Kulwant Roy

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Mahatma Gandhi and Jinnah in a heated conversation; a well-known photograph recently attributed to Kulwant Roy

Kulwant Roy (1914, Village Bagli Kalan, District Ludhiana, Punjab, British India – 1984) was an Indian photographer. As the head of an agency named "Associated Press Photographs",[1] he was personally responsible for several iconic images of the Indian independence movement and the early years of the Republic of India.

Born in 1914, Kulwant Roy grew up in Lahore before joining the Royal Indian Air Force[2] where he specialised in aerial photography. After being discharged from the RIAF, he returned to Lahore, but moved to Delhi in 1940 where he set up a studio, which later expanded into a full=fledged agency, in the Mori Gate district of Old Delhi. For a few years previously, he had been following Mahatma Gandhi in his travels around India in a third-class train compartment; that experience permitted him to gain insider status that meant that he was permitted to record many crucial events of and major participants in the independence movement, including Jinnah, Nehru and Patel.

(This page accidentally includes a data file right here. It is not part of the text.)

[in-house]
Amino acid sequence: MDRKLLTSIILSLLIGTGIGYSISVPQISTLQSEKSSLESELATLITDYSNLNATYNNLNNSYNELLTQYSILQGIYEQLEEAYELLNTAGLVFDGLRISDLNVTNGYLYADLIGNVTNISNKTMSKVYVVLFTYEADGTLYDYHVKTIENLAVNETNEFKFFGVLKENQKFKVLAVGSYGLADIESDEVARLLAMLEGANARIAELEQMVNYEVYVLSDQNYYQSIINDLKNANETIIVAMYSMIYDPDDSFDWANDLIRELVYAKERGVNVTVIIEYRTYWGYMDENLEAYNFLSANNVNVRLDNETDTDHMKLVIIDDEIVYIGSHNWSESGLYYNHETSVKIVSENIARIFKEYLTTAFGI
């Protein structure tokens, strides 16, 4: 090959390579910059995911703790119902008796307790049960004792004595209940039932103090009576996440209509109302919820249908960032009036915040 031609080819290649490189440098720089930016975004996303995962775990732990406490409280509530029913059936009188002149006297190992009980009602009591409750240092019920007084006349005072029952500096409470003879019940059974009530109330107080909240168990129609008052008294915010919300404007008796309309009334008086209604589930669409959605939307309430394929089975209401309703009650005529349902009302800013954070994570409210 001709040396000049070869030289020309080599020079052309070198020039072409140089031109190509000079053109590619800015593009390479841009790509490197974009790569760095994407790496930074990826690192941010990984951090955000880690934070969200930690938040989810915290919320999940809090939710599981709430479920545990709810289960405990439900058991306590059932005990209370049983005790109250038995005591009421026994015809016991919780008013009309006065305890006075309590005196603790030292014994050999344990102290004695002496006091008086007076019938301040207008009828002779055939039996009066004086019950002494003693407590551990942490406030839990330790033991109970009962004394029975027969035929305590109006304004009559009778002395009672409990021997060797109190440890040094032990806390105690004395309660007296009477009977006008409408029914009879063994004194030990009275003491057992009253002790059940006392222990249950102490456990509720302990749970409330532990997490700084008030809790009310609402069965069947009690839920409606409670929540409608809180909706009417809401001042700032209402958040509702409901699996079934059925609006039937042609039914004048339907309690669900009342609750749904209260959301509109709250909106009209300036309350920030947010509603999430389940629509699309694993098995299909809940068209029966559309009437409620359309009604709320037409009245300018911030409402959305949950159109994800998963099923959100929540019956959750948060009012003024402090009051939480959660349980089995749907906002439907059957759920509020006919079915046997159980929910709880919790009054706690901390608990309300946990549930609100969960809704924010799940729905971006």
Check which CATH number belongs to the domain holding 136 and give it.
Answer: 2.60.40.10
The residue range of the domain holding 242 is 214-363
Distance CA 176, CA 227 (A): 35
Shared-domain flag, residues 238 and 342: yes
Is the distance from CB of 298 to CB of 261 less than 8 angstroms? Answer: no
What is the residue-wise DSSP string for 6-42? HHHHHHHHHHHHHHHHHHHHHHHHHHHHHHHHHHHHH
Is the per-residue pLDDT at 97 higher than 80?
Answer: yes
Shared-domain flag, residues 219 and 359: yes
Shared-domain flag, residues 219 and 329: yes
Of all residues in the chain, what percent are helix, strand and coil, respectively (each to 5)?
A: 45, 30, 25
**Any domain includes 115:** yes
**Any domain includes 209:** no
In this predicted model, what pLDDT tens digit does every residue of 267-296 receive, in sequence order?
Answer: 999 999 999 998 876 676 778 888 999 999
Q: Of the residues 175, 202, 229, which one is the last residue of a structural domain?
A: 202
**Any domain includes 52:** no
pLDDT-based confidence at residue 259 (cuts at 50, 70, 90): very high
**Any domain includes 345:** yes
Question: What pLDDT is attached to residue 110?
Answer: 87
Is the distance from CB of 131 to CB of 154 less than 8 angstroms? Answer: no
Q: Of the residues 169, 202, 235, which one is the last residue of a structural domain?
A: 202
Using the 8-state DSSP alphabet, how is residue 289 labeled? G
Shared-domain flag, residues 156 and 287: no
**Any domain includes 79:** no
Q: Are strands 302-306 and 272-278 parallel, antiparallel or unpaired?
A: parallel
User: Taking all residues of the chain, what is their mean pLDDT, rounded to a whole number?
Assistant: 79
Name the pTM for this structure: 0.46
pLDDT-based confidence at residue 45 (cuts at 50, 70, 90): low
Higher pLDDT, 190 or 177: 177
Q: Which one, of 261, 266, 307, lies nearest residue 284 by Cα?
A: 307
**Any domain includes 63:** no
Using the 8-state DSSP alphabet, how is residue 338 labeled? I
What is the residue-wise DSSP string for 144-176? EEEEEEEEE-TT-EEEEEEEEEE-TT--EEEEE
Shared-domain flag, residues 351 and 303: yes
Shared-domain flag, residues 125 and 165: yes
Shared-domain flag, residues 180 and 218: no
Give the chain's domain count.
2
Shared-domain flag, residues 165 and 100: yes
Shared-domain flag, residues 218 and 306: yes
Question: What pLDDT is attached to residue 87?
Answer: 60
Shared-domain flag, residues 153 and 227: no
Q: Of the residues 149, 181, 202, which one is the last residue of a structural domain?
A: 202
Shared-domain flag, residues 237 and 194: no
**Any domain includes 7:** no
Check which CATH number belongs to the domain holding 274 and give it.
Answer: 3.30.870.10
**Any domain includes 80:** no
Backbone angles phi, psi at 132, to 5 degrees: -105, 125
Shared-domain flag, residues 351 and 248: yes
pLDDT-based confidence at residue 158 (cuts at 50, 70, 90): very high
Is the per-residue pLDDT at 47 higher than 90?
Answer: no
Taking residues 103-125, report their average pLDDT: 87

Khan Abdul Ghaffar Khan and Jawaharlal Nehru walk to a Congress meeting while Sardar Patel is pulled alongside in a rickshaw. Roy's access provided him with ample opportunities for informal photographs.